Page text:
At a Glance
Looking like something between a crane and a rail, this odd wading bird has no close relatives. It is widespread in the American tropics, but enters our area only in Florida and southern Georgia -- only where it can satisfy its dietary requirement for a certain fresh-water snail. Mostly solitary, Limpkins may be overlooked as they stalk about in marshes and swamps; they draw attention with their piercing banshee wails, often heard at dawn or at night.
All bird guide text and rangemaps adapted from Lives of North American Birds by Kenn Kaufman© 1996, used by permission of Houghton Mifflin Harcourt Publishing Company. All rights reserved.
Limpkins, Long-legged Waders
Freshwater Wetlands, Lakes, Ponds, and Rivers, Saltwater Wetlands
Direct Flight, Running
Range & Identification
Migration & Range Maps
In South America, may move around somewhat with wet and dry seasons. Permanent resident in limited range in United States. Strays have very rarely wandered farther north.
25-28" (64-71 cm). Large, with long legs and long neck. Mostly deep brown with sharp white streaks on the neck, back, and shoulders. Long bill is slightly downcurved and paler at base.
About the size of a Heron, About the size of a Mallard or Herring Gull
Black, Brown, White, Yellow
Songs and Calls
A loud, wailing krrr-eeeow.
Croak/Quack, Odd, Scream
Fresh swamps, marshes. In Florida, found in open fresh-water marshes, along the shores of ponds and lakes, and in wooded swamps along rivers and near springs; locally in river swamps in Georgia. Throughout most of its tropical range, its habitat and distribution are dictated by the presence of apple snails (Pomacea).
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Usually 4-8. Olive to buff, blotched with brown and gray. Incubation is by both sexes, but incubation period not well known. Young: Downy young leave the nest within a day after hatching, and follow one or both parents. Probably both parents feed young. Development of young and age at first flight not well known.
Downy young leave the nest within a day after hatching, and follow one or both parents. Probably both parents feed young. Development of young and age at first flight not well known.
Forages by walking in shallow water, searching for snails visually, also by probing in mud and among floating vegetation. May feed at night, especially on moonlit nights. Moves to solid ground to remove snail from shell or to pound mussel open. The tip of the bill usually curves slightly to the right, which may help in removing snail from curved shell. The bill also usually has a slight gap just behind the tips of the mandibles, which may help in carrying and manipulating the snails.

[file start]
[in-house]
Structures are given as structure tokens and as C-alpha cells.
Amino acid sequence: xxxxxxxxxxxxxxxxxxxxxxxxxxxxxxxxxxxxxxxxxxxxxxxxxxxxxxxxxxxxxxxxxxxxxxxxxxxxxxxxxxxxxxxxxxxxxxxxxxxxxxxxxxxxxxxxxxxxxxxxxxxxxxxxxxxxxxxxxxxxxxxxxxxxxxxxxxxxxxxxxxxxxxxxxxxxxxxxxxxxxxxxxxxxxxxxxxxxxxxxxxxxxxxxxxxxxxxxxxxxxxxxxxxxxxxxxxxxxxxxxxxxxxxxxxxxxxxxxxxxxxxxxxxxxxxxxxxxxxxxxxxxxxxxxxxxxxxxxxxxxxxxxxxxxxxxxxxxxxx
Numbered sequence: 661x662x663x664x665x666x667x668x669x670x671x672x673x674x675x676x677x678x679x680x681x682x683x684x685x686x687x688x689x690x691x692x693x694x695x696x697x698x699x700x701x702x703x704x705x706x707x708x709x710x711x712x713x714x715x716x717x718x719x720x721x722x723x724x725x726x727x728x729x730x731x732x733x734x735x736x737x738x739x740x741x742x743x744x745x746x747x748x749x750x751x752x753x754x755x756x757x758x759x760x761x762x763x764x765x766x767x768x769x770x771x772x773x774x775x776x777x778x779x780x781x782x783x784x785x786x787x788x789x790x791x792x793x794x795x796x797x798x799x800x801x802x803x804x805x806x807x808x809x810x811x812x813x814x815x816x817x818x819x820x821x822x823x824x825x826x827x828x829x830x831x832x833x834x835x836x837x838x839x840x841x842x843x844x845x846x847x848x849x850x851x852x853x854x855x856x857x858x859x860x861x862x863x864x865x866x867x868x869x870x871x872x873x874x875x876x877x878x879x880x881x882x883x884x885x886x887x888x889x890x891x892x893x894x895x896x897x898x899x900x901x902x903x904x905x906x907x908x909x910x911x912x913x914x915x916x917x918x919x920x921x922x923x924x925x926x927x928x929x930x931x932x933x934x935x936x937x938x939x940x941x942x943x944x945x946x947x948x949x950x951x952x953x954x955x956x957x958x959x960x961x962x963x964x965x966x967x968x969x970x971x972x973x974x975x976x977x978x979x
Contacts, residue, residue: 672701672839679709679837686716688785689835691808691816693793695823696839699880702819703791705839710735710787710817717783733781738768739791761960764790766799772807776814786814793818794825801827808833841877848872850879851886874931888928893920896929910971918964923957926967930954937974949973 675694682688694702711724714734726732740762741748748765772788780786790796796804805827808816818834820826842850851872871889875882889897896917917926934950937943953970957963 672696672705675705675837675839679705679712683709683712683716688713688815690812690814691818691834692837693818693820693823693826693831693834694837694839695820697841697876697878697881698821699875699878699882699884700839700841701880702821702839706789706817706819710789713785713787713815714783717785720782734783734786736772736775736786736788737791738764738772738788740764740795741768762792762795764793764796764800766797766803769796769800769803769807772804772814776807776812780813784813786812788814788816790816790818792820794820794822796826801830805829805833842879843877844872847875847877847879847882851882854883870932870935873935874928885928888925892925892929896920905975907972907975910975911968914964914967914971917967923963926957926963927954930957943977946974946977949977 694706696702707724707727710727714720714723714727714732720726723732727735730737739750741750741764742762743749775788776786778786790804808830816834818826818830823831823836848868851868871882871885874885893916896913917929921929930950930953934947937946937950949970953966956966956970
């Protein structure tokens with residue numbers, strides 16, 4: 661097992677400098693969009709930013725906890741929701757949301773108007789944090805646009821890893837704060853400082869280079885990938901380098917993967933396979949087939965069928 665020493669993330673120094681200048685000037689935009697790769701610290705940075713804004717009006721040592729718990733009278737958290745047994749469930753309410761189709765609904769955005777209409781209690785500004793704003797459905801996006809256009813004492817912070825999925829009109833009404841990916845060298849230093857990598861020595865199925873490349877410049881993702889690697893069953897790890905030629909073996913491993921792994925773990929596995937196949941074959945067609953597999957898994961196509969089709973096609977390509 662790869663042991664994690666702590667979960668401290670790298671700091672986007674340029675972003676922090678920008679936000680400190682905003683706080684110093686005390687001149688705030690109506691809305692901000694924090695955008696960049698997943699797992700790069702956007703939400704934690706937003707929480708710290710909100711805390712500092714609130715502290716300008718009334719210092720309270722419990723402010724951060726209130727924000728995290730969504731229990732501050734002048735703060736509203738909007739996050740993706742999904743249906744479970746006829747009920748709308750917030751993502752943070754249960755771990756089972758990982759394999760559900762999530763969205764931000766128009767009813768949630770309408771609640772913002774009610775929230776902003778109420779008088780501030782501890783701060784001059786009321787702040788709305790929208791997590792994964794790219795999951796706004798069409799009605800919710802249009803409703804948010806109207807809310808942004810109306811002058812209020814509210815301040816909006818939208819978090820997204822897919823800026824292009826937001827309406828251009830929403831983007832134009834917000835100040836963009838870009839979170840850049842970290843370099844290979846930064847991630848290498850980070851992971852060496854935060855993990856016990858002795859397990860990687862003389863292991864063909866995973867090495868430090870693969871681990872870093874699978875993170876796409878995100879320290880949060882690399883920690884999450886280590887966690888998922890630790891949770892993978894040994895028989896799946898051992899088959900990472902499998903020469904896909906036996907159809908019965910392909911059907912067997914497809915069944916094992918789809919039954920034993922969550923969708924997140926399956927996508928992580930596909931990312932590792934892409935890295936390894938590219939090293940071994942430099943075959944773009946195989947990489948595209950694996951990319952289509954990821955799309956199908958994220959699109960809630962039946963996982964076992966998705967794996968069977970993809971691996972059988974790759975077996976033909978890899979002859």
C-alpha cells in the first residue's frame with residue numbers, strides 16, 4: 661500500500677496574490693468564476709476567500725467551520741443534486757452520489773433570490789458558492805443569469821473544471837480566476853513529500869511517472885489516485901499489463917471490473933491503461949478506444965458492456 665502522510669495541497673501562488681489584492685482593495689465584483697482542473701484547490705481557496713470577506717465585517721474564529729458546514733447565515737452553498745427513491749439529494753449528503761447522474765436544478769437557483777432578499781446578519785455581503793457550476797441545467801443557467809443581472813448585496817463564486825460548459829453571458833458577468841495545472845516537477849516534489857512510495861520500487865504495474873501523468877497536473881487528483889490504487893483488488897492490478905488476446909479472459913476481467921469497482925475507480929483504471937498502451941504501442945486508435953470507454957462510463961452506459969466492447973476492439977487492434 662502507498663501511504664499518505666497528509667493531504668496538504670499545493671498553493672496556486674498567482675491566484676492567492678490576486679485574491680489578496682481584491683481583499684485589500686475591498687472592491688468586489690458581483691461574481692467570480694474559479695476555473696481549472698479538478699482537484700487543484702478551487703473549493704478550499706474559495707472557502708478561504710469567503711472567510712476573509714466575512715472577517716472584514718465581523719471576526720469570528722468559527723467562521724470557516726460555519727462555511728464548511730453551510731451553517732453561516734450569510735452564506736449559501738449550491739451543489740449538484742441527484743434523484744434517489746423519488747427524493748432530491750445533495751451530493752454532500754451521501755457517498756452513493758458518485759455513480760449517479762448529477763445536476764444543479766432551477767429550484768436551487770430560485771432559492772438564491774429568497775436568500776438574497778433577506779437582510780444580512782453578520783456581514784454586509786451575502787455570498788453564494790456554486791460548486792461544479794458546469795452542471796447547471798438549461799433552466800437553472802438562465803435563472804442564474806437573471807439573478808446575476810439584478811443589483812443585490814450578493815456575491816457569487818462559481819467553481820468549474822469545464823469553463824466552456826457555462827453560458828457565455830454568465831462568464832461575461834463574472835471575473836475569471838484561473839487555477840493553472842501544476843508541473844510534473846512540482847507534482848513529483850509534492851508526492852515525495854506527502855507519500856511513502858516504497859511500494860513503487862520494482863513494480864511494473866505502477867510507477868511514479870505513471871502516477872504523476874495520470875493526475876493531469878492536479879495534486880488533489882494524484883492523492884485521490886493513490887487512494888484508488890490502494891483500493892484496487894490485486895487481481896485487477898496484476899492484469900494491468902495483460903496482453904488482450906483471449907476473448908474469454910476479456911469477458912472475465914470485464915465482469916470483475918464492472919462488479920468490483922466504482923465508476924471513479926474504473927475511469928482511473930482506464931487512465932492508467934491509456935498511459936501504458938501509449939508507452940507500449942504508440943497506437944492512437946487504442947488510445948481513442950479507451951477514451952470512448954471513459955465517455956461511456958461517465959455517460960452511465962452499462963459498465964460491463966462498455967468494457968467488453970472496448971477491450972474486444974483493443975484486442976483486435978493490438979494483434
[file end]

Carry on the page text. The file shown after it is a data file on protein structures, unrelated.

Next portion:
Large snails. Eats mostly large apple snails (genus Pomacea). In Florida, will also eat other kinds of snails and mussels; also sometimes insects, crustaceans, worms, frogs, lizards.
Breeding behavior not well known. May nest in loose colonies where food is abundant. Nest site for nest varies; may be on ground near water, in marsh grass just above water, or in shrubs or trees above or near water, up to 20' high or sometimes much higher. Nest is a platform of reeds and grass, lined with finer plant material.
Limpkin had been hunted almost to extinction in Florida by beginning of 20th century; with legal protection, has made a fair comeback. Probably declining in parts of tropical range.
Audubon’s scientists have used 140 million bird observations and sophisticated climate models to project how climate change will affect the range of the Limpkin. Learn even more in our Audubon’s Survival By Degrees project.
Climate Threats Facing the Limpkin
Choose a temperature scenario below to see which threats will affect this species as warming increases. The same climate change-driven threats that put birds at risk will affect other wildlife and people, too.